Amity Shlaes is a senior fellow in economic history at the Council on Foreign Relations and a syndicated columnist at Bloomberg. She has written for The Financial Times and The Wall Street Journal, where she was an editorial board member, as well as for The New Yorker, Fortune, National Review, The New Republic, and Foreign Affairs. Shlaes is the author of The Greedy Hand. She lives in New York.

Product Details

ISBN:
9780060936426
Author:
Shlaes, Amity
Publisher:
Harper Perennial
Author:
Ephron, Delia
Author:
by Amity Shlaes
Author:
by Amity Shlaes
Author:
Kingsolver, Barbara
Subject:
United States - 20th Century/Depression
Subject:
United States - 20th Century
Subject:
Economics - General
Subject:
General History
Subject:
History
Subject:
Depressions
Subject:
Depressions -- 1929 -- United States.
Subject:
United States Economic conditions 1918-
Subject:
Literary
Subject:
Situations / Adolescence
Subject:
US History - 20th Century
Copyright:
Edition Description:
Trade PB
Series:
P.S.
Publication Date:
June 2008
Binding:
TRADE PAPER
Grade Level:
from 7
Language:
English
Illustrations:
Y
Pages:
512
Dimensions:
8.10x5.27x1.25 in. .83 lbs.
Age Level:
from 12

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Related Subjects

» History and Social Science » Economics » General
» History and Social Science » US History » 1800 to 1945
» History and Social Science » US History » 1920 to 1960
» History and Social Science » US History » 20th Century » General
» History and Social Science » World History » General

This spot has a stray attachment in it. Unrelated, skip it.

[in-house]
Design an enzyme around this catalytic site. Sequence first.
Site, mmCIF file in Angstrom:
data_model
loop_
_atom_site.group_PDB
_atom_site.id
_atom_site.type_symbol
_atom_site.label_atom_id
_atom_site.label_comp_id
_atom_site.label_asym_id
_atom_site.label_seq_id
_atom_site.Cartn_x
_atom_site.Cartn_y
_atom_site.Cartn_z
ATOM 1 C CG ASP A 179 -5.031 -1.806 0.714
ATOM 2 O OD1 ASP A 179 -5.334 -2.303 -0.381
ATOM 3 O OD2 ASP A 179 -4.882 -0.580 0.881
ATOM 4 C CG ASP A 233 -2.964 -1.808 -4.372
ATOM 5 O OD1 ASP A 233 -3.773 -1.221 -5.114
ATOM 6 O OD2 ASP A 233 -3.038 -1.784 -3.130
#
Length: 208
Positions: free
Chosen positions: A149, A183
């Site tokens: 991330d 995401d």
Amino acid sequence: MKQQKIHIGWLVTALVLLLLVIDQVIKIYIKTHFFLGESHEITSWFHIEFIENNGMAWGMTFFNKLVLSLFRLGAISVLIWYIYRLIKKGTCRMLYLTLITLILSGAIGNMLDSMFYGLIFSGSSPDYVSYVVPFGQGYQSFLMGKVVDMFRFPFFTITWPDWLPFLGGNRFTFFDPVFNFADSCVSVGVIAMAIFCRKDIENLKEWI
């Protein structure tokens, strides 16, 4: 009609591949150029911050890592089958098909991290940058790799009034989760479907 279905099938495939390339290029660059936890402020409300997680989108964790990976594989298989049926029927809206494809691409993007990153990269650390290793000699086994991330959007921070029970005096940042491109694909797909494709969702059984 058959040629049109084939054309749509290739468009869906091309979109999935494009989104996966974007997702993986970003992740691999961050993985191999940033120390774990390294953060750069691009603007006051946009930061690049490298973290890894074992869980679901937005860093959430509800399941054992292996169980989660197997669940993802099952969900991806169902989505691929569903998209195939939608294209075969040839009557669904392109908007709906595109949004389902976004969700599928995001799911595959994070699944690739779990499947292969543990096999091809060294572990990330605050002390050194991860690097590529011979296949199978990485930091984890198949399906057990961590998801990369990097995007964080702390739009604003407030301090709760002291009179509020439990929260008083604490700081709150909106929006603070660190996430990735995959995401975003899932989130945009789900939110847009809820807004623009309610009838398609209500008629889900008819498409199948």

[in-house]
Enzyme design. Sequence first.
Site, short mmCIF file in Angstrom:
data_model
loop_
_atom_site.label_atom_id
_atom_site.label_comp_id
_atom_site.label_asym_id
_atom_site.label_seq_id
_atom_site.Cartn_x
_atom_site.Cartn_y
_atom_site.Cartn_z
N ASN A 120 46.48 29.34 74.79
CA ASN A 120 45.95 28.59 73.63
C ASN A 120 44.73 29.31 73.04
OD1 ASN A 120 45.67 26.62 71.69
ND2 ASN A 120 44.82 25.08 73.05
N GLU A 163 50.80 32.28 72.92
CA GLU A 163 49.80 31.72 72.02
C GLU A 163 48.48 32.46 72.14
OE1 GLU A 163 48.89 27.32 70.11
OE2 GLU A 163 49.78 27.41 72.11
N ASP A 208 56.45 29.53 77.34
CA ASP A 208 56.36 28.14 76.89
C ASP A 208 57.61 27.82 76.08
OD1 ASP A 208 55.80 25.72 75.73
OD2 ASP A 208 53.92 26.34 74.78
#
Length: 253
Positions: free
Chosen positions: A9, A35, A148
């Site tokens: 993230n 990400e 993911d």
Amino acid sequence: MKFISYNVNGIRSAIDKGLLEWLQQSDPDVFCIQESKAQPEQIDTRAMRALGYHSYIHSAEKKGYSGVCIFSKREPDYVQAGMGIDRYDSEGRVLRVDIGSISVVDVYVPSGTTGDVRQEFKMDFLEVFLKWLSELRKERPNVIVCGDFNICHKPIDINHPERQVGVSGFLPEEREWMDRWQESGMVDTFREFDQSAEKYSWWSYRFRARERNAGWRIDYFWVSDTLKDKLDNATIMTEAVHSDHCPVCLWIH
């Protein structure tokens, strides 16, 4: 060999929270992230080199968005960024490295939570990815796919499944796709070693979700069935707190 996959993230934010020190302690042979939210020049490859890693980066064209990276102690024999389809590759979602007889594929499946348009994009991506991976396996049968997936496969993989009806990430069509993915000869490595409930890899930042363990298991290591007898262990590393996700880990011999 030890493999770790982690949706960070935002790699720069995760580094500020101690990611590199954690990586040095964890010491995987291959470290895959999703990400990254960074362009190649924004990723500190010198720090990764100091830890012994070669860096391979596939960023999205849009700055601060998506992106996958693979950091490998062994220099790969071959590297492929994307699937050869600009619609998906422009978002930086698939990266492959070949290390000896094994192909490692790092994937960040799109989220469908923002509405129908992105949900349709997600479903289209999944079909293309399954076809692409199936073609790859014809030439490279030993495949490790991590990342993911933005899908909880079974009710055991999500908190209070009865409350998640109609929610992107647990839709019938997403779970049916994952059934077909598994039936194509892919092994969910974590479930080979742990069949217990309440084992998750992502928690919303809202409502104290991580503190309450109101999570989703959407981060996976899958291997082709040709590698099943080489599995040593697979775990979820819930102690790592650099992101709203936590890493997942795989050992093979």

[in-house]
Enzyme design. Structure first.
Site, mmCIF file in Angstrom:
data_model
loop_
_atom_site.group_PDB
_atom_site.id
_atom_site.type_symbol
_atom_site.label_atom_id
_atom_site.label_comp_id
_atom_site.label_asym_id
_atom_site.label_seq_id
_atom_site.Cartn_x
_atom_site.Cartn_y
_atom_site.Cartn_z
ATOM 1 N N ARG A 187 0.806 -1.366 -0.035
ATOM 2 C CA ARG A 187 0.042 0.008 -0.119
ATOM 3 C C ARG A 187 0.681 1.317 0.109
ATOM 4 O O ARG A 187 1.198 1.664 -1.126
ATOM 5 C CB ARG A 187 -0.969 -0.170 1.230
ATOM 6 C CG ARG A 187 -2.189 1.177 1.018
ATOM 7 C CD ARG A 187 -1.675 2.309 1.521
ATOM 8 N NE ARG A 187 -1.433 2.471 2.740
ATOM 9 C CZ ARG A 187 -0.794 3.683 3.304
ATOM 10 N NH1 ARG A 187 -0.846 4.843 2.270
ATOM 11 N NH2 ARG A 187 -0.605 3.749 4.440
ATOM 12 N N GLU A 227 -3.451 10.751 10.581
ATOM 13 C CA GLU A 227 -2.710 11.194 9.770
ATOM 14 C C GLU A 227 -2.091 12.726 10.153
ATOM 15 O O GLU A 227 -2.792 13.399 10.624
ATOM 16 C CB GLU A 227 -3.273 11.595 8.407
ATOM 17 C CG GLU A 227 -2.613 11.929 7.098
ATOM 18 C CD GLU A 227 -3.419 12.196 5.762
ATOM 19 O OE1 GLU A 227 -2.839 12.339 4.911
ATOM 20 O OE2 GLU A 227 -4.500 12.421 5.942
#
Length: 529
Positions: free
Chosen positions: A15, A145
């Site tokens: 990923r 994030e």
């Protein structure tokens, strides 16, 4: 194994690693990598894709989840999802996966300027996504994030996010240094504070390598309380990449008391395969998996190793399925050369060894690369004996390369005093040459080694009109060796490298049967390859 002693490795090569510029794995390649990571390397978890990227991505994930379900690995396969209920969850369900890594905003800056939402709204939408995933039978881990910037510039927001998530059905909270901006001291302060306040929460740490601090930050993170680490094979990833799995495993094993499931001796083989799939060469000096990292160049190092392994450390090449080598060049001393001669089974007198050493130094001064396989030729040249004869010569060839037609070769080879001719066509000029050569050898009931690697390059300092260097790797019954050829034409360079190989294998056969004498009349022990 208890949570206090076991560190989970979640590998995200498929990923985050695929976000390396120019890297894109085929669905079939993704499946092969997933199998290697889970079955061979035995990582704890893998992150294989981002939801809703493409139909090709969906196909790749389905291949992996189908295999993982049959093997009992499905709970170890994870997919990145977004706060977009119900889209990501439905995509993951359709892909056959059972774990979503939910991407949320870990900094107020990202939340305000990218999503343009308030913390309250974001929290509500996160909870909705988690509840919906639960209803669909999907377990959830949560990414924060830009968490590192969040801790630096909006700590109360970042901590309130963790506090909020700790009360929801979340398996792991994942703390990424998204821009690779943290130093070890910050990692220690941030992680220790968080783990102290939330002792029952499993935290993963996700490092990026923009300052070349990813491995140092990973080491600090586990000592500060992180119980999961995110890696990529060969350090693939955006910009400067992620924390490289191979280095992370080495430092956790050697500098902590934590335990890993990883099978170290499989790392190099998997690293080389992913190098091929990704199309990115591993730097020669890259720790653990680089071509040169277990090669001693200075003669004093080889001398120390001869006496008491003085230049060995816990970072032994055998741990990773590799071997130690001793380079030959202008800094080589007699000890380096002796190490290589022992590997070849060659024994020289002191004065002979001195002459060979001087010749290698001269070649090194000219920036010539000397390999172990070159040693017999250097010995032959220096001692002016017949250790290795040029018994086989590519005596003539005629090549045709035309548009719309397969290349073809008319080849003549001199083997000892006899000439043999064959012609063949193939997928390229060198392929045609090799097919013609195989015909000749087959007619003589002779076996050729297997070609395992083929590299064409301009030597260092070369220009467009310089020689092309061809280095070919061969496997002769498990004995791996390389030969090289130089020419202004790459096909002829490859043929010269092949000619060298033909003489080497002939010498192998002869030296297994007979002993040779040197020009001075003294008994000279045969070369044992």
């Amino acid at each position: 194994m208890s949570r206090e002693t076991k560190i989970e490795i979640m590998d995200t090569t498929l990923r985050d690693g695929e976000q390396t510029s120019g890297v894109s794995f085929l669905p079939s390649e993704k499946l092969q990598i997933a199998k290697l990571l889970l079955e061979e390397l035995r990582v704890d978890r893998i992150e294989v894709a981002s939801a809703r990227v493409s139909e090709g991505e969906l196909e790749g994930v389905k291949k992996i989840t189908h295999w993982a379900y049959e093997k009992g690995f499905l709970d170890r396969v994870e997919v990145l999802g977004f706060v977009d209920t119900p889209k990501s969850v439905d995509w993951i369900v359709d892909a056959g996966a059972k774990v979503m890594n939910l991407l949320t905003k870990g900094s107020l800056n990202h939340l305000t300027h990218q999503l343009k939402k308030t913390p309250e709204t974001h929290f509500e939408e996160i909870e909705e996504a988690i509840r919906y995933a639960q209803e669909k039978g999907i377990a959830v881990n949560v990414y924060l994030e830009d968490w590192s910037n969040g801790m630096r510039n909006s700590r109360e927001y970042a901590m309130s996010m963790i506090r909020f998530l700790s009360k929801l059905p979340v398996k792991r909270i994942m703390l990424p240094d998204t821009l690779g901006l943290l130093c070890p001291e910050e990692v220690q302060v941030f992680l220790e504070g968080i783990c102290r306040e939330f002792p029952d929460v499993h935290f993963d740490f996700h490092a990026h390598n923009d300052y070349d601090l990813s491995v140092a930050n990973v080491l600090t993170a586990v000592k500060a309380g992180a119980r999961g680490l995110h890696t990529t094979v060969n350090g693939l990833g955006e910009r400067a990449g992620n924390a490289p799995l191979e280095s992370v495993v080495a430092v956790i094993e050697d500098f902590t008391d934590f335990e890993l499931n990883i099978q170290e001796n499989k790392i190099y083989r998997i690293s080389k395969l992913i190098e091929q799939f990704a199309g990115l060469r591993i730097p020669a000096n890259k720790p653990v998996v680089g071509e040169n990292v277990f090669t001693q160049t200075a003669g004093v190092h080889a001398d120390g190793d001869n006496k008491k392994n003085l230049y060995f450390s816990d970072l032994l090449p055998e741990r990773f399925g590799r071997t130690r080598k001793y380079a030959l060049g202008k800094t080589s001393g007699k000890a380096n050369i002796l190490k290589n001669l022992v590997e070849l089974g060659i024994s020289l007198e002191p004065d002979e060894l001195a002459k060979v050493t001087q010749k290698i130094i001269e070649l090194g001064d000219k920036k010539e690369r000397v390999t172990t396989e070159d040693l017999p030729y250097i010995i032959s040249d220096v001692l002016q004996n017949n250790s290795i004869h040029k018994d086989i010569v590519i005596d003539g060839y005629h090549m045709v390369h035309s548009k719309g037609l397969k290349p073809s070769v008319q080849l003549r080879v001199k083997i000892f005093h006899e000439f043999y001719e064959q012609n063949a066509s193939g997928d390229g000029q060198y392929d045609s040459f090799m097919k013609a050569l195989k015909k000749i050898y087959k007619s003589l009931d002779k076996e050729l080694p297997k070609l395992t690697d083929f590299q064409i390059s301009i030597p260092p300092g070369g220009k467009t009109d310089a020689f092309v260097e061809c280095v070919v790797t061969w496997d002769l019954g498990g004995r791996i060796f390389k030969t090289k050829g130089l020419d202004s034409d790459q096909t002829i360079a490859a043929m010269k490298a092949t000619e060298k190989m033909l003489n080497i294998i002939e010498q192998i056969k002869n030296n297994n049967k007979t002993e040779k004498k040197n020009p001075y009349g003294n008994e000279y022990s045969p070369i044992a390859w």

The Forgotten Man: A New History of the Great Depression Used Trade Paper
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Product details 512 pages Harper Perennial - English 9780060936426 Reviews:
"Publishers Weekly Review" by , "This breezy narrative comes from the pen of a veteran journalist and economics reporter. Rather than telling a new story, she tells an old one (scarcely lacking for historians) in a fresh way. Shlaes brings to the tale an emphasis on economic realities and consequences, especially when seen from the perspective of monetarist theory, and a focus on particular individuals and events, both celebrated and forgotten (at least relatively so). Thus the spotlight plays not only on Andrew Mellon, Wendell Wilkie and Rexford Tugwell but also on Father Divine and the Schechter brothers — kosher butcher wholesalers prosecuted by the federal National Recovery Administration for selling 'sick chickens.' As befits a former writer for the Wall Street Journal, Shlaes is sensitive to the dangers of government intervention in the economy — but also to the danger of the government's not intervening. In her telling, policymakers of the 1920s weren't so incompetent as they're often made out to be — everyone in the 1930s was floundering and all made errors — and WWII, not the New Deal, ended the Depression. This is plausible history, if not authoritative, novel or deeply analytical. It's also a thoughtful, even-tempered corrective to too often unbalanced celebrations of FDR and his administration's pathbreaking policies. 16 pages of b&w photos. (June 12)" Publishers Weekly (Copyright Reed Business Information, Inc.)
"Review" by , "Shlaes...brings to the Great Depression a flair for revealing anecdotes and a debater's moxie that slides into contrarianism....Plucky, intellectual combat, but Shlaes neglects to counter the most telling arguments about GOP responsibility for the Depression."
"Review" by , "Many histories have been written about the Great Depression....But Amity Shlaes' new book stands head and shoulders above previous efforts..."
"Synopsis" by , This striking reinterpretation of the Great Depression looks at the neglected and moving stories of individual Americans, and shows how they had helped to establish the steadfast character that has developed a nation.
"Synopsis" by , In The Forgotten Man, Amity Shlaes, one of the nation's most-respected economic commentators, offers a striking reinterpretation of the Great Depression. She traces the mounting agony of the New Dealers and the moving stories of individual citizens who through their brave perseverance helped establish the steadfast character we recognize as American today.